Native plants help birds; bear ranges collide; seatrout spawn despite storms
In the first study of its kind, a team of scientists from the University of Delaware (UD) and Smithsonian Institution examined how the landscaping decisions urban homeowners make in their yards can affect bird breeding success. Writing in the Proceedings of the National Academy of Sciences, the researchers report that residential yards dominated by nonnative plants don’t attract and support the insects and other arthropods that insectivorous birds depend on to feed their offspring. “The fact that we are starving these birds by the way we landscape has not been seriously considered,” says UD entomologist Doug Tallamy. To reach their conclusions, the scientists examined the impact of nonnative plants on nesting Carolina chickadees (above) in more than 200 residential properties in the Washington, D.C., metropolitan area. Based on data collected during three breeding seasons, their analysis found that the chickadees could only sustain their population if at least 70 percent of the plants cultivated in a nesting area are native to that region. For warblers and other species that are even more reliant on insects than chickadees, “that number is going to be higher,” says lead author Desirée Narango. “Hopefully, our results provide clear goals that homeowners and landscapers can strive for.”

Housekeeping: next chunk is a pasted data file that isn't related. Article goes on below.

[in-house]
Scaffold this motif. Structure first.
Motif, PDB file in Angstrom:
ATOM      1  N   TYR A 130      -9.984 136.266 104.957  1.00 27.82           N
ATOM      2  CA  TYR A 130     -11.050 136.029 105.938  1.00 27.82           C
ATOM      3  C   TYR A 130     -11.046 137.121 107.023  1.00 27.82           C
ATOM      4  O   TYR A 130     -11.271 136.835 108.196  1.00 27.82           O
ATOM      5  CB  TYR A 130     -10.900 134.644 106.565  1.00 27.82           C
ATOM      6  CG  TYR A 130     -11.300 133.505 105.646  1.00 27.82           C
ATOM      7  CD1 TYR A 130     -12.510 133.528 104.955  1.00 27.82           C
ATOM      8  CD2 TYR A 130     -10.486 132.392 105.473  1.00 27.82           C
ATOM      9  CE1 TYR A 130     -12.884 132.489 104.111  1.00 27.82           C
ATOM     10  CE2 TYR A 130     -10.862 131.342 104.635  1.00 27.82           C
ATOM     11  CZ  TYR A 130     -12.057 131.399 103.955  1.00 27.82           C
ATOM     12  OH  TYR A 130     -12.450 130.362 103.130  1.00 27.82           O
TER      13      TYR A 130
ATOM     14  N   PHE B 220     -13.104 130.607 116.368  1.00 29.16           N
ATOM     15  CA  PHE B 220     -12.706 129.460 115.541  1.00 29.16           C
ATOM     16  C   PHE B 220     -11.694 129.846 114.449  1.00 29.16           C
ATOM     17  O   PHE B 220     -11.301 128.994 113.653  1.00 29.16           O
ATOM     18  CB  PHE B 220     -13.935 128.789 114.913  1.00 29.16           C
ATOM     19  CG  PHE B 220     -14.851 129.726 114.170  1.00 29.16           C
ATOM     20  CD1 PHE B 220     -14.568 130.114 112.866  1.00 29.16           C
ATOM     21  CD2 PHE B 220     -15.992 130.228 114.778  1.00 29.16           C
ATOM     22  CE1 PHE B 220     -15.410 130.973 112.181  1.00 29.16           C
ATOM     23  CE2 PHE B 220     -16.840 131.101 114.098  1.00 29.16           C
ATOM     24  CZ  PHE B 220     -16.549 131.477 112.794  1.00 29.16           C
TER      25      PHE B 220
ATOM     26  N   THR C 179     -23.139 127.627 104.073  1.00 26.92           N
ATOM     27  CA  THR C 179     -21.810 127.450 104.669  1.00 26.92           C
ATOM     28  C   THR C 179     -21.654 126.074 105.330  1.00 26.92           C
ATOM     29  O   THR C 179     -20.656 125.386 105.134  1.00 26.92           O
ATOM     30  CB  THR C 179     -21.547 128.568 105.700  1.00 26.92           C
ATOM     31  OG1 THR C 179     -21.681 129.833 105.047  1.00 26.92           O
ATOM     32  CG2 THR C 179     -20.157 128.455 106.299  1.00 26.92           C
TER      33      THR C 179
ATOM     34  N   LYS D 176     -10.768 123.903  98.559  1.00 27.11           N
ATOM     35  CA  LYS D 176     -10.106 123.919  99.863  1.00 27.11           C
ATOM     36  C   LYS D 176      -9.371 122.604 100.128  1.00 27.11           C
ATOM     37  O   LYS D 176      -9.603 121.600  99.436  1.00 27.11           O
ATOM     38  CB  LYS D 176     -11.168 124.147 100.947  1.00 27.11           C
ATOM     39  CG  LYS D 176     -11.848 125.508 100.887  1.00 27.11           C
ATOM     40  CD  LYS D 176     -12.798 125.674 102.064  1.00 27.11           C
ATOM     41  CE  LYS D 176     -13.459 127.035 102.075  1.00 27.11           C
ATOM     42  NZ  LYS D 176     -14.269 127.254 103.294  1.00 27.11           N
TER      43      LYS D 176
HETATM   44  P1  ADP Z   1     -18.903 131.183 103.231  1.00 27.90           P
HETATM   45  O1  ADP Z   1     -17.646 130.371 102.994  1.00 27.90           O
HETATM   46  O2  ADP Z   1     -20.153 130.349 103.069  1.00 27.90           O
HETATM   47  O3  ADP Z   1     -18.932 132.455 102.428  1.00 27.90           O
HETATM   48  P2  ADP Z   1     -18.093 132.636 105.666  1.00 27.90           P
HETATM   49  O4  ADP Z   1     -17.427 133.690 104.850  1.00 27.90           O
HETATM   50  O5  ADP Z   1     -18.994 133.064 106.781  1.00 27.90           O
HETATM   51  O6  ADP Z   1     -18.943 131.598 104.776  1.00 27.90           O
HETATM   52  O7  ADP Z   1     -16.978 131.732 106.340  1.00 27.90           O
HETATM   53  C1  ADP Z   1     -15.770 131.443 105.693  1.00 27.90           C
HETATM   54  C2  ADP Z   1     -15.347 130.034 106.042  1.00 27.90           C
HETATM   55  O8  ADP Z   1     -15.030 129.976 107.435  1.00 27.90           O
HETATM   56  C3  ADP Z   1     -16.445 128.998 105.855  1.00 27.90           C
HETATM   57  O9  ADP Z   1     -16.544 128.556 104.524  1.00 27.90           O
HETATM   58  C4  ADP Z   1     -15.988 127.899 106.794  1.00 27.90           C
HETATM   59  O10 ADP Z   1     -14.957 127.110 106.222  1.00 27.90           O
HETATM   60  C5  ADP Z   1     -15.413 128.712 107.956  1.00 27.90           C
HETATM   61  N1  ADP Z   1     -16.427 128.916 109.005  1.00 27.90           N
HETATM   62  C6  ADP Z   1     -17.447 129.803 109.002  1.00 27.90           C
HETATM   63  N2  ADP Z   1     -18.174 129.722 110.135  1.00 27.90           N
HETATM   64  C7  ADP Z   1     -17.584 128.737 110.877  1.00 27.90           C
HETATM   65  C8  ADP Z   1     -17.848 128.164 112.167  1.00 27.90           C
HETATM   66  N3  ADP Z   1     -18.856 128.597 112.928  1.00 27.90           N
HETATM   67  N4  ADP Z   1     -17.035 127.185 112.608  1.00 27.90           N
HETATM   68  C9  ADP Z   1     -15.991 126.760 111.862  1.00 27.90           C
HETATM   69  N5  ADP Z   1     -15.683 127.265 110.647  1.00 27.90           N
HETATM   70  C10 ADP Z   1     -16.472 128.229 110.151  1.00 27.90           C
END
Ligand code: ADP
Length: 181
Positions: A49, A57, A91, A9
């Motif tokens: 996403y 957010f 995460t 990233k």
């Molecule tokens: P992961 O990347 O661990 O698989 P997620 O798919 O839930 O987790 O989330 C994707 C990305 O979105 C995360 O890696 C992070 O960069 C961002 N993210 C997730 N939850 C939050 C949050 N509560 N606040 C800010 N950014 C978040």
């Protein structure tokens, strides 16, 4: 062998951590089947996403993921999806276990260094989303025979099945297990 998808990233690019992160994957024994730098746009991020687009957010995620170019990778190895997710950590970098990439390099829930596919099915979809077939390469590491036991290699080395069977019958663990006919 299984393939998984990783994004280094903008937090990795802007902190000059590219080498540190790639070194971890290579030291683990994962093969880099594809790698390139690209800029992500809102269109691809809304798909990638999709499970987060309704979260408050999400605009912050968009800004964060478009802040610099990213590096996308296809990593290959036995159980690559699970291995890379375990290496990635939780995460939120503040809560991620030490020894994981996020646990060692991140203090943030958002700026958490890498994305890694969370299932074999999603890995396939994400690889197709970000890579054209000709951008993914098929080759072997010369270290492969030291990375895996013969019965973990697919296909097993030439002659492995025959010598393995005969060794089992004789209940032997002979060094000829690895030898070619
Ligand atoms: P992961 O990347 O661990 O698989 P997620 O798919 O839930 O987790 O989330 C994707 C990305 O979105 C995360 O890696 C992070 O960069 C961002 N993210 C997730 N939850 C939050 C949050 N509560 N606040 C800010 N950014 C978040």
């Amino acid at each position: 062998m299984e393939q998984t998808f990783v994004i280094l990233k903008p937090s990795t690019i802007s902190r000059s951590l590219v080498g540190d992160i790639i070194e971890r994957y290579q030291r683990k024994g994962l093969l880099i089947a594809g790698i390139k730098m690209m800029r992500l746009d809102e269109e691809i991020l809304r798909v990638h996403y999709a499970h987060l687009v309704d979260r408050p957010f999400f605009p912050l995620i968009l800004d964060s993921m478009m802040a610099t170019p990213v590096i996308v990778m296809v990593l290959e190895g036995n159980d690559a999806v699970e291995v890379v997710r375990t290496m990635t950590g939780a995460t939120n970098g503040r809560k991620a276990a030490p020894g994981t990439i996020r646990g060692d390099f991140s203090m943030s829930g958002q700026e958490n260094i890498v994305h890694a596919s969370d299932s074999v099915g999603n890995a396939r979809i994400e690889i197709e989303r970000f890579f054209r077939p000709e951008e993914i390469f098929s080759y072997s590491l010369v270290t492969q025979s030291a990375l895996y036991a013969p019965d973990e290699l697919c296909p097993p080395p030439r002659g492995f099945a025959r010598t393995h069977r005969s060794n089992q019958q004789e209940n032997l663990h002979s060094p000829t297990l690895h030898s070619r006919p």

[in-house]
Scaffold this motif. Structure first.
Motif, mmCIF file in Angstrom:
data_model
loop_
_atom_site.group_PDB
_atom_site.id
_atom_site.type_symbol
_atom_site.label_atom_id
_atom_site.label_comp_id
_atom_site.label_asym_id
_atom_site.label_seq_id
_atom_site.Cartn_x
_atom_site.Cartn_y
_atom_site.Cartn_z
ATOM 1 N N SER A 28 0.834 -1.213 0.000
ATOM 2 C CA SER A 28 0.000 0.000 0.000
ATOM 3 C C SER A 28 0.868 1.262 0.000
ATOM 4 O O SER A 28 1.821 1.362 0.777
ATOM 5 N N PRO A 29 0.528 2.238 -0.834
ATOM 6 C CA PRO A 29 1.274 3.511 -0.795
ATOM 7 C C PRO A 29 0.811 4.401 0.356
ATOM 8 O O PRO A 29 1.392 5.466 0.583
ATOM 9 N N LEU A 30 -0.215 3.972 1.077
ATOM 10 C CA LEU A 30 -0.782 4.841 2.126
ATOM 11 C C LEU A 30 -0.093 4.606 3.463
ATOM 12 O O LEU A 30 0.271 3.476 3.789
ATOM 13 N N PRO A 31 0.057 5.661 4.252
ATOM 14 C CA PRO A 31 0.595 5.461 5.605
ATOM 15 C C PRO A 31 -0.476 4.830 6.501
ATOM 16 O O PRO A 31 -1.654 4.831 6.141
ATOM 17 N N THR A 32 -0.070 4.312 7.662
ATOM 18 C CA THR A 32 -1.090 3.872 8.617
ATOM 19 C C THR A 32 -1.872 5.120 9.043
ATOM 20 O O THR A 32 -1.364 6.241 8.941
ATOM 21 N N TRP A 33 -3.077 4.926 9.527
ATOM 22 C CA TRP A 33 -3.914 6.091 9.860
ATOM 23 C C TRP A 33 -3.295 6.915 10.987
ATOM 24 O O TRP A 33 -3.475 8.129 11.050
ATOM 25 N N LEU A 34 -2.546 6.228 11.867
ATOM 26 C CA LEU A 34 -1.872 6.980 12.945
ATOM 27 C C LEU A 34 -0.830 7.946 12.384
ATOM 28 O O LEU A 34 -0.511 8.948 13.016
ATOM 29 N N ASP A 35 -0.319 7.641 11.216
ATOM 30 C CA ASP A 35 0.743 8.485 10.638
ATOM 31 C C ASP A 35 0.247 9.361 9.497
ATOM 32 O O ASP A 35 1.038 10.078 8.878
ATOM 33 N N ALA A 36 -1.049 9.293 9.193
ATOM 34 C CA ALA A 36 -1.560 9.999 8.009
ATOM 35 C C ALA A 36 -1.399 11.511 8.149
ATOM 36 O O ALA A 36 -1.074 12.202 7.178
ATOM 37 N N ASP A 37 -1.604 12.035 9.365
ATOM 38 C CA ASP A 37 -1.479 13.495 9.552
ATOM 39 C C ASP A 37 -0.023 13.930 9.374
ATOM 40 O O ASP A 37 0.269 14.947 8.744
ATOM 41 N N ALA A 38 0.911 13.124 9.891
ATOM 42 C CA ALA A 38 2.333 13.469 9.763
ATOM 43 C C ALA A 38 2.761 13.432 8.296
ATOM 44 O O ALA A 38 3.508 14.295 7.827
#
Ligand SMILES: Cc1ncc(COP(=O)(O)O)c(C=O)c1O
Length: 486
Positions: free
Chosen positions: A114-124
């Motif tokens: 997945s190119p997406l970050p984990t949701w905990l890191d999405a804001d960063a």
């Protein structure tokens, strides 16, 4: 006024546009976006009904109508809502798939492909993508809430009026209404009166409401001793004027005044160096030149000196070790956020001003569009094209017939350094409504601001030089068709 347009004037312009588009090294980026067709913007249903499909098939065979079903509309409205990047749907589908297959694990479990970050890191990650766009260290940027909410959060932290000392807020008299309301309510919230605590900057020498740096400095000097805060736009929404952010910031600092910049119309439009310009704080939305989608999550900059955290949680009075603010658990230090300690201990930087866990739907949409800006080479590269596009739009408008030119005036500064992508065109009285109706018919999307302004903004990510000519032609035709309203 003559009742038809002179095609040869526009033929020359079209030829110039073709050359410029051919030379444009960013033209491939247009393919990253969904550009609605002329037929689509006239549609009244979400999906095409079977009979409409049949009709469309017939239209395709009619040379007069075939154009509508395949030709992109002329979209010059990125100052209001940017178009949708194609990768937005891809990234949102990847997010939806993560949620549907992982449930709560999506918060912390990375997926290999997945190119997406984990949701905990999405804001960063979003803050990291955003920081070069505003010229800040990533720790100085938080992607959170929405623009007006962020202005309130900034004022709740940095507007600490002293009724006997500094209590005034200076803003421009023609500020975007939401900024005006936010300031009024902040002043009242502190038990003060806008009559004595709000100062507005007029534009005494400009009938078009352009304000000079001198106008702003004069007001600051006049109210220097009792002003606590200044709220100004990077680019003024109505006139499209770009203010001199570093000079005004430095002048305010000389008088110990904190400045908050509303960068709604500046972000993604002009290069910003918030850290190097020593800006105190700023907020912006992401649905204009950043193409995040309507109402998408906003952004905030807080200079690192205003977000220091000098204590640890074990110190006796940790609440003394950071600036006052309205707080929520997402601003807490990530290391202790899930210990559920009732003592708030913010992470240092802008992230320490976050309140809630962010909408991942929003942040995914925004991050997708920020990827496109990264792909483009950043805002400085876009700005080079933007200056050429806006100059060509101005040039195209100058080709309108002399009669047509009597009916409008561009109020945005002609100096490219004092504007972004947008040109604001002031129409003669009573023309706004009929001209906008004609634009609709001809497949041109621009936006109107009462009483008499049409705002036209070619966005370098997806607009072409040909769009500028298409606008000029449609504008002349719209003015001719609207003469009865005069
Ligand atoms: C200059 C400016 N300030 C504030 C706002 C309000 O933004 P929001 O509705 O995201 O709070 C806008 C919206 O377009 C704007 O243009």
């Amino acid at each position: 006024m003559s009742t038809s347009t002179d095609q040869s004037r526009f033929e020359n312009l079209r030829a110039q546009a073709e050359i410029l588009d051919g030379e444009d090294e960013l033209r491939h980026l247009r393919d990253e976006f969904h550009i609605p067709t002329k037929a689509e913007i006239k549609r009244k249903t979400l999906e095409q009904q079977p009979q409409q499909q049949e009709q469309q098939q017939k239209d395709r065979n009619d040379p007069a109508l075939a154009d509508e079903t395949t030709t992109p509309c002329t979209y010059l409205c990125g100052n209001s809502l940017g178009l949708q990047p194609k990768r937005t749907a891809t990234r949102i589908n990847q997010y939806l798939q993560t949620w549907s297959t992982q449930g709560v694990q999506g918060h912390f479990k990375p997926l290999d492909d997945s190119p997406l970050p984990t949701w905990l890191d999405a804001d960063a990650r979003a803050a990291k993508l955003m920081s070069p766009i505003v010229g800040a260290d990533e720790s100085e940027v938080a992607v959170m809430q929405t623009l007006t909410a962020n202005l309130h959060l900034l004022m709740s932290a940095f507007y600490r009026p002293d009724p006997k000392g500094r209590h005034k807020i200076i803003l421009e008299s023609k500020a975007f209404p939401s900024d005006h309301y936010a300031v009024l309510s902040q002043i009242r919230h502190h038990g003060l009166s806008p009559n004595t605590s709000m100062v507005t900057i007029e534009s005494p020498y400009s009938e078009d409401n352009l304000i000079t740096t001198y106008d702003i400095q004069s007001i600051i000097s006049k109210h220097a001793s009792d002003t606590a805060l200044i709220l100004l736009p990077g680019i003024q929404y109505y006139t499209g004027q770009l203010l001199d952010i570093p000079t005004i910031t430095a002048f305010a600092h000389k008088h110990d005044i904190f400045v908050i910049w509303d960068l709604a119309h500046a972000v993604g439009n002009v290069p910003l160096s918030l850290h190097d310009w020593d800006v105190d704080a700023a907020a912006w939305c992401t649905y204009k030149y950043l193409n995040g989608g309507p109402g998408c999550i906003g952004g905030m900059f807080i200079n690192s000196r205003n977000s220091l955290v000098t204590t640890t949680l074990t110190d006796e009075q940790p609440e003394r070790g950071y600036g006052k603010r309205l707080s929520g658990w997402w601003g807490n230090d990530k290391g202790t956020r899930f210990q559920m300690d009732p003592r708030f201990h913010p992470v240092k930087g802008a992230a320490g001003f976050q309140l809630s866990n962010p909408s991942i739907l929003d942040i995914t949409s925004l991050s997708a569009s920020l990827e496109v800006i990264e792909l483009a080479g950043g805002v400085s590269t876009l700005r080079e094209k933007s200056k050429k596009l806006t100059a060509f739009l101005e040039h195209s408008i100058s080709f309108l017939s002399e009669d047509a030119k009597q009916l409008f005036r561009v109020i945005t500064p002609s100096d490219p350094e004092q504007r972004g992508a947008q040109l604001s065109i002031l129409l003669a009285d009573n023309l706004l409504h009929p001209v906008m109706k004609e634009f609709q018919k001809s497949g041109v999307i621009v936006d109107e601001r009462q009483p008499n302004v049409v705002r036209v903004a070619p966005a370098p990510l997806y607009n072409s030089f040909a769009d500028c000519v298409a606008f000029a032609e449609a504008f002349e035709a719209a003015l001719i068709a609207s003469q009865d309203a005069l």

Ecologists at the University of Saskatchewan have made an unprecedented discovery: All three North American bear species now range in the same subarctic region. “Scientifically, this has never been documented anywhere,” says lead researcher Douglas Clark. Using motion-activated cameras over a six-year period, the scientists captured more than 400 images of polar bears, black bears and grizzlies (above) in Canada’s Wapusk National Park on Hudson Bay. “What’s clearly new are the grizzlies,” says Clark. Writing in Arctic Science, the researchers say their discovery adds to growing evidence that grizzlies are undergoing a substantial range expansion in northern Canada. Wapusk lies at the convergence of three ecosystems: boreal forest, tundra and ocean. All three increasingly are showing effects of climate change. “The place is warming like crazy,” Clark notes. So far, the scientists have not found evidence that the three bear species are interacting in the region.
After Category 4 Hurricane Harvey struck the Texas coast in August 2017—carrying with it wind speeds surpassing 130 miles per hour and a 10-foot tidal surge—scientists were surprised to discover that vast schools of spotted seatrout (above) continued to spawn each day in the churning waters of the Gulf of Mexico. “On land, it was complete destruction, but these fish didn’t seem disturbed,” says ecologist Christopher Biggs, who, with colleagues from the universities of Texas and Florida, had previously placed underwater microphones in 15 areas where the fish breed.
Despite their name, seatrout are drum fish, not trout, and the males make distinct pulsing sounds during spawning that researchers record to help study the animals’ behavior. The fish play an important role in the Gulf of Mexico ecosystem, and understanding their habitat needs and reproductive patterns is critical along the Texas coast, where sport fishing generates about $2 billion annually for local economies. Such data, the ecologists write in Biology Letters, “give us insight into how key species will handle changing and unpredictable climate conditions in the future.”
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